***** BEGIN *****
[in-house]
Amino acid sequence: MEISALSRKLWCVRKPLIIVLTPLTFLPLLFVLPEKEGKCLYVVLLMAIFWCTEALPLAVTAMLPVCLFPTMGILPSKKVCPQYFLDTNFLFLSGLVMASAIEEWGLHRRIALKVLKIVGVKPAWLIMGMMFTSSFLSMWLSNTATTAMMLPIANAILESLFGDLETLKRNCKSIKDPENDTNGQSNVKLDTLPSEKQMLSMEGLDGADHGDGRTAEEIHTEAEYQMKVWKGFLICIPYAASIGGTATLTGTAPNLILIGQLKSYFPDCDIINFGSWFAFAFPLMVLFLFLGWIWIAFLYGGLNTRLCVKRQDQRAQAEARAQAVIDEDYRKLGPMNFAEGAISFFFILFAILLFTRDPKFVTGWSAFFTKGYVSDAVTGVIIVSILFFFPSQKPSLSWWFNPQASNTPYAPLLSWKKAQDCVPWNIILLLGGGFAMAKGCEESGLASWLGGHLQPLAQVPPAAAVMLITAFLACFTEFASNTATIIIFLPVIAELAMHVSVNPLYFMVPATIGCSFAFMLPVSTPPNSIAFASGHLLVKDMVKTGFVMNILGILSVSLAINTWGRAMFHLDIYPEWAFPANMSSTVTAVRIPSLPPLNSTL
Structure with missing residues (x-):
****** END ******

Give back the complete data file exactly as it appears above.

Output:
[in-house]
Amino acid sequence: MEISALSRKLWCVRKPLIIVLTPLTFLPLLFVLPEKEGKCLYVVLLMAIFWCTEALPLAVTAMLPVCLFPTMGILPSKKVCPQYFLDTNFLFLSGLVMASAIEEWGLHRRIALKVLKIVGVKPAWLIMGMMFTSSFLSMWLSNTATTAMMLPIANAILESLFGDLETLKRNCKSIKDPENDTNGQSNVKLDTLPSEKQMLSMEGLDGADHGDGRTAEEIHTEAEYQMKVWKGFLICIPYAASIGGTATLTGTAPNLILIGQLKSYFPDCDIINFGSWFAFAFPLMVLFLFLGWIWIAFLYGGLNTRLCVKRQDQRAQAEARAQAVIDEDYRKLGPMNFAEGAISFFFILFAILLFTRDPKFVTGWSAFFTKGYVSDAVTGVIIVSILFFFPSQKPSLSWWFNPQASNTPYAPLLSWKKAQDCVPWNIILLLGGGFAMAKGCEESGLASWLGGHLQPLAQVPPAAAVMLITAFLACFTEFASNTATIIIFLPVIAELAMHVSVNPLYFMVPATIGCSFAFMLPVSTPPNSIAFASGHLLVKDMVKTGFVMNILGILSVSLAINTWGRAMFHLDIYPEWAFPANMSSTVTAVRIPSLPPLNSTL
Structure with missing residues (x-):